Reviews and reports
- Salt reduction is beneficial for people with Type 2 diabetes
- Pioglitazone raises risk of bladder cancer by 63%
- Diabetes 2015 – Care in Crisis
- Diabetic Retinopathy
- People with diabetes not offered dietary advice
- Medication errors in hospitals
- First ever mandatory care standards to improve the level of care of children and young people with diabetes
- Insulin Analogues and Cancer – A Possible Link That Needs Further Investigation
- The Safety of Insulin Analogues – should patients be concerned?
- Bellagio Report
- Health Select Committee – IDDT gives evidence
- Warnings about ‘human’ insulin from the manufactuers, Novo Nordisk and Aventis
- Zyban – Safety precautions from the Committee on Safety of Medicines
- Novo Nordisk discontinue some GM ‘human’ insulins
- IQWiG: No proof long-acting insulin analogues outperform human insulin for Type 2 diabetes
- Cochrane Review – long-acting analogues vs NPH insulin in Type 2 diabetes
- IQWiG: Short-acting insulin analogues are not superior to regular ‘human’ insulin in Type 2 diabetes
- IQWiG: Rapid-acting analogues are not superior to ‘human’ insulin for Type 1 diabetes
- About IQWiG
- Cochrane review of short-acting insulin analogues versus regular human insulin in patients with diabetes mellitus
- Cochrane review of ‘human’ vs animal insulin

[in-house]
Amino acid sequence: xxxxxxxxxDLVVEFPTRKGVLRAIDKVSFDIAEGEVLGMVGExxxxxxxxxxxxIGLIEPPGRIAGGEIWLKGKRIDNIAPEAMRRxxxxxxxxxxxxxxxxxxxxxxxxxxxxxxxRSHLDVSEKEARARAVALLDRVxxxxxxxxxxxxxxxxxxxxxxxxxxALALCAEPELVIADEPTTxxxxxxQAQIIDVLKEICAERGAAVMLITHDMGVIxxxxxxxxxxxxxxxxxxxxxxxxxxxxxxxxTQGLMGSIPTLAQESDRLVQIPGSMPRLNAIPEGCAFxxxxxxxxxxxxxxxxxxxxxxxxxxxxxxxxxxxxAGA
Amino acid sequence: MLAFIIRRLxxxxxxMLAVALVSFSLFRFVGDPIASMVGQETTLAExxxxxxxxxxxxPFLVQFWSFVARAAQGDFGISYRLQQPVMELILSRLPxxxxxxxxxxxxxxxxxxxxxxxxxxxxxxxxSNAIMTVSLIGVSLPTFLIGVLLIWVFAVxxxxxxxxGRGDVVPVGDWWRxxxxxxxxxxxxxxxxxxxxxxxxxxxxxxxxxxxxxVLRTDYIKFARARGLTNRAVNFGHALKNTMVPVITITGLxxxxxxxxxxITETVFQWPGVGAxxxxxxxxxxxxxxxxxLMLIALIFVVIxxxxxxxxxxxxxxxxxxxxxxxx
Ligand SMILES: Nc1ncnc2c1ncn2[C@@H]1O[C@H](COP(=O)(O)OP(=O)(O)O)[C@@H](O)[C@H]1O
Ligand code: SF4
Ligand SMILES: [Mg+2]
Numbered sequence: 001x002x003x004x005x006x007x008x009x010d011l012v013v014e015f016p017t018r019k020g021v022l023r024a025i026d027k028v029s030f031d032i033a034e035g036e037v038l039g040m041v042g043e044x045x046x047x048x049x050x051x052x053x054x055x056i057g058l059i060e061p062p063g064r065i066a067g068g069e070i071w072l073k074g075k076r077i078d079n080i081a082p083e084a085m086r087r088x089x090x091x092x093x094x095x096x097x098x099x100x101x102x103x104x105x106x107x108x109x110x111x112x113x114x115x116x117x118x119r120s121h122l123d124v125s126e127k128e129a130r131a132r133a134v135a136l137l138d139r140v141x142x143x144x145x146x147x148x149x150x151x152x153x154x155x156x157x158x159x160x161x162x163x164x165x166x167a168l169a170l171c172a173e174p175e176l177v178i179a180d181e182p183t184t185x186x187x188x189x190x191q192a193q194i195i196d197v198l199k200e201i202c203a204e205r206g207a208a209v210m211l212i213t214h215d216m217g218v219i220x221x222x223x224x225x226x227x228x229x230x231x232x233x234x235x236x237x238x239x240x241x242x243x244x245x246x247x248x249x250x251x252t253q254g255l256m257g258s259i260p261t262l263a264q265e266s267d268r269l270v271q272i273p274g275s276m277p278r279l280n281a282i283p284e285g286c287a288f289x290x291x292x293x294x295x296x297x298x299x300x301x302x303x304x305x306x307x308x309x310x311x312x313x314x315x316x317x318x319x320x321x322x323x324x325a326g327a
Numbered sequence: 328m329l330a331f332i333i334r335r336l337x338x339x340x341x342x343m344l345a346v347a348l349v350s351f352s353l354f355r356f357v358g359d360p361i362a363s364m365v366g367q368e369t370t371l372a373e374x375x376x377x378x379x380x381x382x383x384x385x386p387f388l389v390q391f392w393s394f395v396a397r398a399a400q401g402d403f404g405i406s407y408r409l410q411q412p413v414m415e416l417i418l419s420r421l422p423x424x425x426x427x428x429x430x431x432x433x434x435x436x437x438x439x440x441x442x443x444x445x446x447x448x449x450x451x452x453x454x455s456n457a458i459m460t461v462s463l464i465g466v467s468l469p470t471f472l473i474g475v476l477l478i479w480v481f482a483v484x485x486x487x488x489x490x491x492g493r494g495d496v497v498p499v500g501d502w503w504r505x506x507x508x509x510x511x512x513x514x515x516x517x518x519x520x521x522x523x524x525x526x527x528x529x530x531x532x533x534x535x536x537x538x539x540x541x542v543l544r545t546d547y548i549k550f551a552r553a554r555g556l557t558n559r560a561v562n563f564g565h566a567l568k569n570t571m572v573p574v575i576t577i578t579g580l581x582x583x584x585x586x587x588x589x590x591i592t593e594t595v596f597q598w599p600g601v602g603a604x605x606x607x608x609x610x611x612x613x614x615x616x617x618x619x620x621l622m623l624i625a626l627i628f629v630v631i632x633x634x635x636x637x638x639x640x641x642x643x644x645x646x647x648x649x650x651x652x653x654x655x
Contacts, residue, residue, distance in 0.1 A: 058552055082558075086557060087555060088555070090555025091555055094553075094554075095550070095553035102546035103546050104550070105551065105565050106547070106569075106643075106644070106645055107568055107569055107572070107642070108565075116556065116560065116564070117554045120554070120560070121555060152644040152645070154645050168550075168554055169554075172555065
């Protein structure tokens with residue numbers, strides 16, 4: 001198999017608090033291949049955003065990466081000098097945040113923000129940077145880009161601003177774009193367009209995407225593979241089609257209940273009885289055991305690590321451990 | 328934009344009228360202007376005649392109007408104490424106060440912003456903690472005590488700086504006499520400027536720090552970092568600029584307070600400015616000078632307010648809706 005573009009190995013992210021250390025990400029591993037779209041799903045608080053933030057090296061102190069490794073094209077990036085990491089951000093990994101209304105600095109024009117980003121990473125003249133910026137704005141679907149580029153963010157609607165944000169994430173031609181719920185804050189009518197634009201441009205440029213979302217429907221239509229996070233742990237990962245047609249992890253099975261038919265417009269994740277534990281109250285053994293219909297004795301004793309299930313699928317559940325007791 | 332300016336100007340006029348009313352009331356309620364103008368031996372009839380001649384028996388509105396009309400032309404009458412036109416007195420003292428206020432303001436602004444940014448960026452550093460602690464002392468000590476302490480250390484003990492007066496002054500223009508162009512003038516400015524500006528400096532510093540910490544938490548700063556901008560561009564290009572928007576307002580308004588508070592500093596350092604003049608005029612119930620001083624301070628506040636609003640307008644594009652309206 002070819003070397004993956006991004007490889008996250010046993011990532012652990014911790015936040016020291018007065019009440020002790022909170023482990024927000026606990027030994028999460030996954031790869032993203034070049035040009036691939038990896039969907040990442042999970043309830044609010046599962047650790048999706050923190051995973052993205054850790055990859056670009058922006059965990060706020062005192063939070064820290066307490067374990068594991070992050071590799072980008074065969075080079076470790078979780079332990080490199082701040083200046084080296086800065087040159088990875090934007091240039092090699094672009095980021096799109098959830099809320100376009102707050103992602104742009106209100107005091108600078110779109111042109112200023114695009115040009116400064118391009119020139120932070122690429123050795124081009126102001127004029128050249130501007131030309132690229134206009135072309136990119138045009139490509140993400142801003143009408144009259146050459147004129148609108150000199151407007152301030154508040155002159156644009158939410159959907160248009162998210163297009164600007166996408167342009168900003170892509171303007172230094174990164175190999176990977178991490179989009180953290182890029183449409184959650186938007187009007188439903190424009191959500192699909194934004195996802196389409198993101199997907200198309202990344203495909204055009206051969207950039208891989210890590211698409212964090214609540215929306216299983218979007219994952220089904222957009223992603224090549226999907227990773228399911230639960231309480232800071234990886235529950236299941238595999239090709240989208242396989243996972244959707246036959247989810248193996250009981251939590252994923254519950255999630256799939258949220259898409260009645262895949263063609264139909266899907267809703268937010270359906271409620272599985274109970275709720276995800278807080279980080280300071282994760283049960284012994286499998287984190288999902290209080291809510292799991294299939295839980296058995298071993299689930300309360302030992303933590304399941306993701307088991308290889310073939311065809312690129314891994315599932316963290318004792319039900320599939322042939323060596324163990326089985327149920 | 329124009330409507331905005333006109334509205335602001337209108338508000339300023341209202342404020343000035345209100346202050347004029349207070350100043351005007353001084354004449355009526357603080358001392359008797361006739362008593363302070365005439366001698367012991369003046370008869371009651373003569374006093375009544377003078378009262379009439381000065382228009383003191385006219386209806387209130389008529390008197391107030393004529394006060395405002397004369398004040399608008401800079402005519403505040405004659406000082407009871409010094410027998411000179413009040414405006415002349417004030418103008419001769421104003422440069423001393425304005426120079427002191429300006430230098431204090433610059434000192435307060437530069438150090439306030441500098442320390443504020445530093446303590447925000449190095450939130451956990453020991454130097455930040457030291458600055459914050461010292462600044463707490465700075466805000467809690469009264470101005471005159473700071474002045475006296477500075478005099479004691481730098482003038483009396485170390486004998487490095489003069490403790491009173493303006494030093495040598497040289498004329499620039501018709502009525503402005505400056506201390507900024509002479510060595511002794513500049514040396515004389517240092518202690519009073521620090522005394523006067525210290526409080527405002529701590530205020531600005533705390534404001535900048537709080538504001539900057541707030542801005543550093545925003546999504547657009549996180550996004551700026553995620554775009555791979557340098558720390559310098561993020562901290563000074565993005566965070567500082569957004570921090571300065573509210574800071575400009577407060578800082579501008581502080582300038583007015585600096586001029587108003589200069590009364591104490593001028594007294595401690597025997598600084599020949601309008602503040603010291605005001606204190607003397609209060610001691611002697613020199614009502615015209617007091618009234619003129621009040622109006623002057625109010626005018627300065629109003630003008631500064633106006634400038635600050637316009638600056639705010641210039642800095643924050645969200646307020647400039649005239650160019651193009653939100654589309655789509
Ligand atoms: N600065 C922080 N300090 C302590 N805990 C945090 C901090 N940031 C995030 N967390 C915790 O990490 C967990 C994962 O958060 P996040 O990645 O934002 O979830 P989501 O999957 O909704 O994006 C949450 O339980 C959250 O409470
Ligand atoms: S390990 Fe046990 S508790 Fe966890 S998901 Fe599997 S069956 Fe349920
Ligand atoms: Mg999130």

- About Cochrane Reviews
- Insulin – A Voice for Choice By Arthur Teuscher
First ever mandatory care standards to improve the level of care of children and young people with diabetes
Announced in early April 2012, every child and young person with diabetes in England can expect an improvement in their level of care as a landmark funding agreement for paediatric diabetes services comes in to force.
The ‘Best Practice Tariff for Paediatric Diabetes’ sets out 13 mandatory care standardsfor paediatric diabetes service teams to meet. Providers who can prove they meet these levels of care will qualify for greater funding. Local services unable to achieve these standards will be supported to improve but face having their funding withdrawn if unable to reach the required level by April 2013.
The long-term aim is that these changes will lead to improvements in care and outcomes for children and young people with diabetes. In turn this should lead to a reduction in costs, a reduction in emergency admissions to hospital and in a reduction in the long-term preventable complications.
Anna Morton, Director of NHS Diabetes, said: “Outcomes for children with diabetes in this country compare poorly to the rest of Europe. We will show that with a proper funding mechanism and access to expert support, providers can improve, and unacceptable variations in care can be addressed.
“We are encouraging all paediatric providers, particularly those in poor performing areas, to engage with us to ensure our standards are met, and that every child, no matter where they live, receives the care and support they deserve.”